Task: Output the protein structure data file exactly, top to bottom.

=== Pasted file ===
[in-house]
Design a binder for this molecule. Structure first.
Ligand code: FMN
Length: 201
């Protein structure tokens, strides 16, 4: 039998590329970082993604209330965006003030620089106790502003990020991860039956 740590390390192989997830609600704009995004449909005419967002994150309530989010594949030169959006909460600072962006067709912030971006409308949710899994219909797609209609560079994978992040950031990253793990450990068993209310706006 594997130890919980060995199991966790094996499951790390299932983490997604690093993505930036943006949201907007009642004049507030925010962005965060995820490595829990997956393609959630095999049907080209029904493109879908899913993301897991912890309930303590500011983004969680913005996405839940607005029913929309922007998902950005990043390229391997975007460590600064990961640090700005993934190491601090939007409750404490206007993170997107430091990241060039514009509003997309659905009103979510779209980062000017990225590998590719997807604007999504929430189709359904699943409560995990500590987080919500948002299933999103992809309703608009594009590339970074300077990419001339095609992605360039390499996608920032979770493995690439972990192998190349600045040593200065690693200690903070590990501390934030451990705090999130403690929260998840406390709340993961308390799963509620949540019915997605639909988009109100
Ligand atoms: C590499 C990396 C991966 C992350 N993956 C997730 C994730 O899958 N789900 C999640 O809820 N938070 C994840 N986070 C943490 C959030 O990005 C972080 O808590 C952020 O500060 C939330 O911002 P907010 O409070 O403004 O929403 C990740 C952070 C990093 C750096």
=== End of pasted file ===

[in-house]
Design a binder for this molecule. Structure first.
Ligand code: FMN
Length: 201
């Protein structure tokens, strides 16, 4: 039998590329970082993604209330965006003030620089106790502003990020991860039956 740590390390192989997830609600704009995004449909005419967002994150309530989010594949030169959006909460600072962006067709912030971006409308949710899994219909797609209609560079994978992040950031990253793990450990068993209310706006 594997130890919980060995199991966790094996499951790390299932983490997604690093993505930036943006949201907007009642004049507030925010962005965060995820490595829990997956393609959630095999049907080209029904493109879908899913993301897991912890309930303590500011983004969680913005996405839940607005029913929309922007998902950005990043390229391997975007460590600064990961640090700005993934190491601090939007409750404490206007993170997107430091990241060039514009509003997309659905009103979510779209980062000017990225590998590719997807604007999504929430189709359904699943409560995990500590987080919500948002299933999103992809309703608009594009590339970074300077990419001339095609992605360039390499996608920032979770493995690439972990192998190349600045040593200065690693200690903070590990501390934030451990705090999130403690929260998840406390709340993961308390799963509620949540019915997605639909988009109100
Ligand atoms: C590499 C990396 C991966 C992350 N993956 C997730 C994730 O899958 N789900 C999640 O809820 N938070 C994840 N986070 C943490 C959030 O990005 C972080 O808590 C952020 O500060 C939330 O911002 P907010 O409070 O403004 O929403 C990740 C952070 C990093 C750096």